Keeping Ordinary: Licensing and Respectability among Loyalist Women Tavernkeepers in Revolutionary America
Date Thesis Awarded
Honors Thesis -- Access Restricted On-Campus Only
Bachelors of Arts (BA)
In Keeping Ordinary: Licensing and Respectability among Loyalist Women Tavernkeepers in Revolutionary America, I examine the transition of early American taverns from spaces that fostered autonomy among their female owners to spaces that increasingly confined their female owners to the domestic sphere. Moving chronologically, I examine this trend through three case studies of loyalist feme sole tavernkeepers: Margaret Moore’s tavern in Boston, Massachusetts, Abigail Stoneman’s establishments in Newport, Rhode Island, and Jane Vobe’s tavern in Williamsburg, Virginia. Through the stories of these three women and their interactions with labor, gender roles, and their local communities, I argue that while feme sole tavernkeepers exercised a considerable amount of autonomy in their daily lives, the tavernkeeping occupation became a confining one with the arrival of the American Revolution. As time progressed and one’s political affiliation became increasingly relevant to maintaining a source of income, operating taverns became loyalist womens’ source of protection from local authorities, who determined the annual renewal of their licensure based on the women’s ability to maintain “orderly” establishments that kept male rowdiness at bay.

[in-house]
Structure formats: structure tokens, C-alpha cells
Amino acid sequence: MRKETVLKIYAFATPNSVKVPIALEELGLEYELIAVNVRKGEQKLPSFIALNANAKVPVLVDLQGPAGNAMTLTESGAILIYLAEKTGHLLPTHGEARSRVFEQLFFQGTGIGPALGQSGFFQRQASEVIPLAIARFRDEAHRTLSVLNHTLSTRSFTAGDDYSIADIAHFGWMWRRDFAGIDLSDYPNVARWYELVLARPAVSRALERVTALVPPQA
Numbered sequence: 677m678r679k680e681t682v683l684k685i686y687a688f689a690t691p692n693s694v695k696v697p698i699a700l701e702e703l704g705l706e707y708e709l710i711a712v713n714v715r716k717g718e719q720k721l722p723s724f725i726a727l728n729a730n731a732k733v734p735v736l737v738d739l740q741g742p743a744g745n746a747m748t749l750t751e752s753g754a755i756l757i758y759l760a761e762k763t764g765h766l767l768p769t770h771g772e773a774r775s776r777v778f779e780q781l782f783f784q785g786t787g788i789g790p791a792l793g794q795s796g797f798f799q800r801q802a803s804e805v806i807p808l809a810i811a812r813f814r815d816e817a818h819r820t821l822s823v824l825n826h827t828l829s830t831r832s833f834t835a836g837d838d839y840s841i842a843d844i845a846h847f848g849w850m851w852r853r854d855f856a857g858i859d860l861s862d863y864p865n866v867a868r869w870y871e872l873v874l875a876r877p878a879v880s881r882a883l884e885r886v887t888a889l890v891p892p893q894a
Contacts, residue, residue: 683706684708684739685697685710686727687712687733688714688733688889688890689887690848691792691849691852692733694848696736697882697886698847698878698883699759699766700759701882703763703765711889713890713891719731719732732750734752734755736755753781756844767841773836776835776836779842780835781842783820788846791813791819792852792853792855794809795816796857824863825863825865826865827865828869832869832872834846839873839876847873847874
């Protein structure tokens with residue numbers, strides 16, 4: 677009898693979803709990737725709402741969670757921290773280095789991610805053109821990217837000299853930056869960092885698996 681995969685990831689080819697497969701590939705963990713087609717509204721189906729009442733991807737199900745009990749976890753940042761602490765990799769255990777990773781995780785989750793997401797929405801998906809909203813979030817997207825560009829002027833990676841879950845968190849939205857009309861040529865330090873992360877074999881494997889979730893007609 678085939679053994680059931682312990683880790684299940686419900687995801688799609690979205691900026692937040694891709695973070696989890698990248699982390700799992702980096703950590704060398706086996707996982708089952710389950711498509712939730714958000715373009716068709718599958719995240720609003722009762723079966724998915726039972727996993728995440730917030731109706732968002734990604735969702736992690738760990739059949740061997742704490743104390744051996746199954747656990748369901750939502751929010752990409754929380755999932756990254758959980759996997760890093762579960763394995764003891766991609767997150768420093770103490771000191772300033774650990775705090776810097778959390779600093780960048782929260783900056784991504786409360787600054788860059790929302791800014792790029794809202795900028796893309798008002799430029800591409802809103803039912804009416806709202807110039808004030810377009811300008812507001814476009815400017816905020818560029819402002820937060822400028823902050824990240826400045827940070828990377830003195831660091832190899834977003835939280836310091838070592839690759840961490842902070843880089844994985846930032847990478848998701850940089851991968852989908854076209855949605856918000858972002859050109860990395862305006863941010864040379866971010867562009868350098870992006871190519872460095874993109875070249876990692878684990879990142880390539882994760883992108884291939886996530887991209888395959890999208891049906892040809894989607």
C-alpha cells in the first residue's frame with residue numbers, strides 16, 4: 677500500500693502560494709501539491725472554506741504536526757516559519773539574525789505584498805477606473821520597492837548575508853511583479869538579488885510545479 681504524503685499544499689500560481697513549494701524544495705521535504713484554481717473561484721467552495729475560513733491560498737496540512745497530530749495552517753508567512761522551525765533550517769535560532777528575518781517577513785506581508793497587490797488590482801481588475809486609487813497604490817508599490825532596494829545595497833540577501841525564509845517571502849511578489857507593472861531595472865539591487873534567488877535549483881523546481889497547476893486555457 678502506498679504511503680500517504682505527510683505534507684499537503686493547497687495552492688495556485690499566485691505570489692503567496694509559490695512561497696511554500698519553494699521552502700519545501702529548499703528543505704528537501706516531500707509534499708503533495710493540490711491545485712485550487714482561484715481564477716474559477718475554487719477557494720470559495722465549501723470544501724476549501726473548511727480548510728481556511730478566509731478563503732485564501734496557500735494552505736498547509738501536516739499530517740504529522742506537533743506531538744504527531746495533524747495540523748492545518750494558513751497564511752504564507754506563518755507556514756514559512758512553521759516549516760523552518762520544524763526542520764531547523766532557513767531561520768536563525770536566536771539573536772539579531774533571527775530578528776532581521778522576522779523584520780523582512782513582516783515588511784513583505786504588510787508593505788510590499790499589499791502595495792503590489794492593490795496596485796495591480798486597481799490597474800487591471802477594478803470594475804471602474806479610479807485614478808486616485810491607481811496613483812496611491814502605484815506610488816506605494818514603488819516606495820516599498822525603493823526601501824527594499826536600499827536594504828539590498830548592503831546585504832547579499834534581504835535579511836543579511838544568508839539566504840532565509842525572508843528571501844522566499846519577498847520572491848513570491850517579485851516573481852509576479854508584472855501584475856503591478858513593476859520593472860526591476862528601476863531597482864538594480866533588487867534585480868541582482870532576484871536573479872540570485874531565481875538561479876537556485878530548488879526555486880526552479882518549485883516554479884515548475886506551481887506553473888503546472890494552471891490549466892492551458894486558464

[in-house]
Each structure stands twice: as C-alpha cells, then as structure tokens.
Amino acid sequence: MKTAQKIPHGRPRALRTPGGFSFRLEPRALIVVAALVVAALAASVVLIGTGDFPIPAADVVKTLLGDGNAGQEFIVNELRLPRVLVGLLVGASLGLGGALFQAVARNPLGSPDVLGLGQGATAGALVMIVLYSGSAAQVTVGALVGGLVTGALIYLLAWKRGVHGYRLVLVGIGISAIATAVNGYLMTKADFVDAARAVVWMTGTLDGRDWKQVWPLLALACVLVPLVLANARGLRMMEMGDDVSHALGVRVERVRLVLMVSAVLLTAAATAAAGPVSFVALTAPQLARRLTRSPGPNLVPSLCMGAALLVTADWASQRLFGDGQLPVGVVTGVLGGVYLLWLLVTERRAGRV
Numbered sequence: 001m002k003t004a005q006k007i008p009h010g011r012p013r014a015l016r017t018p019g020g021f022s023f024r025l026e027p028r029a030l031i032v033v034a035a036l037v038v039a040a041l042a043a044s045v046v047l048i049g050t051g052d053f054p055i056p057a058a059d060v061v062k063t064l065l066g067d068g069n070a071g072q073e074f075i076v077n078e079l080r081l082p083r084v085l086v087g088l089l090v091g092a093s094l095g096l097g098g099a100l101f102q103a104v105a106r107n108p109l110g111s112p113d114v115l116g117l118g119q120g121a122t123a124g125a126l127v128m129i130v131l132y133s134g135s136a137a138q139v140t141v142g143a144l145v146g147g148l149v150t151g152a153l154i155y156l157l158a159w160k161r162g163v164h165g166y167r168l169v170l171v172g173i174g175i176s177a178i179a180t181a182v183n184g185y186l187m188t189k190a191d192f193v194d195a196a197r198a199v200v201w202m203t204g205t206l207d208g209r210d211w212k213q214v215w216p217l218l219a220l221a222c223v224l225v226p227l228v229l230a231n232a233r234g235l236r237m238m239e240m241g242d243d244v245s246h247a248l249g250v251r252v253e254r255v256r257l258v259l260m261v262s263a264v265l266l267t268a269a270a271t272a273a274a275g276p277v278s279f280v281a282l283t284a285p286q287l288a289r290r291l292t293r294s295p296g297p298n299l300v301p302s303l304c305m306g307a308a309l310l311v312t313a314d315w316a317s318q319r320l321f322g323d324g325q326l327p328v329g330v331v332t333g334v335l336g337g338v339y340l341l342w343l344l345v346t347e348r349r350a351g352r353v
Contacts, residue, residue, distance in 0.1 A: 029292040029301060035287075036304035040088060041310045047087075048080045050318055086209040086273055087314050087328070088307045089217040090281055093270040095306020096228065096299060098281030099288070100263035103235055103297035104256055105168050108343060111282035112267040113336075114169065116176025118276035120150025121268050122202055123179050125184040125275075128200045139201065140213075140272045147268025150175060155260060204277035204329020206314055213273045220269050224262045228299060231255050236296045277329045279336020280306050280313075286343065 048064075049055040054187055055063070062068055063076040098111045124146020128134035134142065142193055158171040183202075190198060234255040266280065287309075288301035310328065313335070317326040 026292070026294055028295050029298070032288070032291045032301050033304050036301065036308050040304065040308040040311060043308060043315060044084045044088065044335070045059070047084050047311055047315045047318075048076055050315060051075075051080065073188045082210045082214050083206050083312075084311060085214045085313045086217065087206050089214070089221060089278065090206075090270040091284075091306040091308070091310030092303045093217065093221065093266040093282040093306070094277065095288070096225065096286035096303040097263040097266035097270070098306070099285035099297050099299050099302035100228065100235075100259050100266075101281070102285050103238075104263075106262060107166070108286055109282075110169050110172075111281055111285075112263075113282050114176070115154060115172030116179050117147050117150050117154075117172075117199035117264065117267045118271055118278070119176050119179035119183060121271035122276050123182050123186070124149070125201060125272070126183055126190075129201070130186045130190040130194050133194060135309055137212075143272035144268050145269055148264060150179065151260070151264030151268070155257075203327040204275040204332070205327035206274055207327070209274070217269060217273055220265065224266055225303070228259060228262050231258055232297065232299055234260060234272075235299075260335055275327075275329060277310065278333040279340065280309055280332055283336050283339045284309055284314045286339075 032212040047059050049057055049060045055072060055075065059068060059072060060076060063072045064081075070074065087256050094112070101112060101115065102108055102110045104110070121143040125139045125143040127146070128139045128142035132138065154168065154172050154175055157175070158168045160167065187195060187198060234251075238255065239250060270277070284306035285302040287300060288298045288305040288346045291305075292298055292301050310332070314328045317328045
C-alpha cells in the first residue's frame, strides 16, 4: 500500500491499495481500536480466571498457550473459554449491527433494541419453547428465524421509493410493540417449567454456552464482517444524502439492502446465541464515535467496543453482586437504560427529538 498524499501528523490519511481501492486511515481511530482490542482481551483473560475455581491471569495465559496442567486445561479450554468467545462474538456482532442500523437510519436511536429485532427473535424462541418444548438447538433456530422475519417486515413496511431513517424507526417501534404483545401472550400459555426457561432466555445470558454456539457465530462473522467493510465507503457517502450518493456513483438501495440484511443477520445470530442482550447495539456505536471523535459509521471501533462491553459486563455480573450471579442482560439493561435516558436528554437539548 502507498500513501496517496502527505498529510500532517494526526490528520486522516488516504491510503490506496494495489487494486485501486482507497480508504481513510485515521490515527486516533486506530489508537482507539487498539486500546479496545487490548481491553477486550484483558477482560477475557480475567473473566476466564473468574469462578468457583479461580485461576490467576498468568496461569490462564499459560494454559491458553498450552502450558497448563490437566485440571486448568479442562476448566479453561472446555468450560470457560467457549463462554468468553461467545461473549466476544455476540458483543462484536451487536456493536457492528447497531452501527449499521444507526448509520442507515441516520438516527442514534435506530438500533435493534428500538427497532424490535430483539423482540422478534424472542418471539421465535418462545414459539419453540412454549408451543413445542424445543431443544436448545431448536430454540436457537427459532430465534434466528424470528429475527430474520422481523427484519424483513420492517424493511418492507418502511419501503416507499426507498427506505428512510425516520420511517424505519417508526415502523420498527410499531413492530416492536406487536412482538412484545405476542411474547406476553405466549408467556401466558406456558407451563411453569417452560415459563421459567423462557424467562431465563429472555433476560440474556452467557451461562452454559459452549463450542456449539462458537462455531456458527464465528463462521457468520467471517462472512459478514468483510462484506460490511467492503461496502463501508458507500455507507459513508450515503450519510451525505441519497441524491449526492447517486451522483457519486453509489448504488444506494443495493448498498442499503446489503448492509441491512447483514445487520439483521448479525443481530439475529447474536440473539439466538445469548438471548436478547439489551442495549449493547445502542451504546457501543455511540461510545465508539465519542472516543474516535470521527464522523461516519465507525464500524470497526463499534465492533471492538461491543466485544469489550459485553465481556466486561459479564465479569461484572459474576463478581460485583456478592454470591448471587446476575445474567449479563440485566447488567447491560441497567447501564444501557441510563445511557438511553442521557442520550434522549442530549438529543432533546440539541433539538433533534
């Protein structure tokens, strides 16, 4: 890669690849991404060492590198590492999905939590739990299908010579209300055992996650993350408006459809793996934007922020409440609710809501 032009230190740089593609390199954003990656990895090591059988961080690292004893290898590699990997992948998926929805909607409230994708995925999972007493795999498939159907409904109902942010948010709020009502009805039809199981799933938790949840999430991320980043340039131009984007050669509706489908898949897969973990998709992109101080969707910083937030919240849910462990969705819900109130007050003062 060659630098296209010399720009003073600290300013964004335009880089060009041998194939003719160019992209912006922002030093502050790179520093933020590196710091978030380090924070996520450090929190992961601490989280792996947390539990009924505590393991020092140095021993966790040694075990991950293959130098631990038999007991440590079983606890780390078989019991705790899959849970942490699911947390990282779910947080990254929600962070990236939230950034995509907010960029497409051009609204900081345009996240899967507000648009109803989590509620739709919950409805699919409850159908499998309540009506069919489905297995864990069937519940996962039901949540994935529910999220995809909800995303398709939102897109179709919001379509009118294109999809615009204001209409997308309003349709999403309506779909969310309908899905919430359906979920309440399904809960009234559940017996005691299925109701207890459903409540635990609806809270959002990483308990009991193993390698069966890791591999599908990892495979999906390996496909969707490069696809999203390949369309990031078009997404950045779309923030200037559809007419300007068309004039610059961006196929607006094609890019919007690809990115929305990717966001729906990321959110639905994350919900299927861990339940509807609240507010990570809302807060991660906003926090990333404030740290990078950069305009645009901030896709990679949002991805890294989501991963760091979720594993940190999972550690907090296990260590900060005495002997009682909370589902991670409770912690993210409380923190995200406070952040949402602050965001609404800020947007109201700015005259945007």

Bromkamp, Katarina, "Keeping Ordinary: Licensing and Respectability among Loyalist Women Tavernkeepers in Revolutionary America" (2023). Undergraduate Honors Theses. William & Mary. Paper 1953.
On-Campus Access Only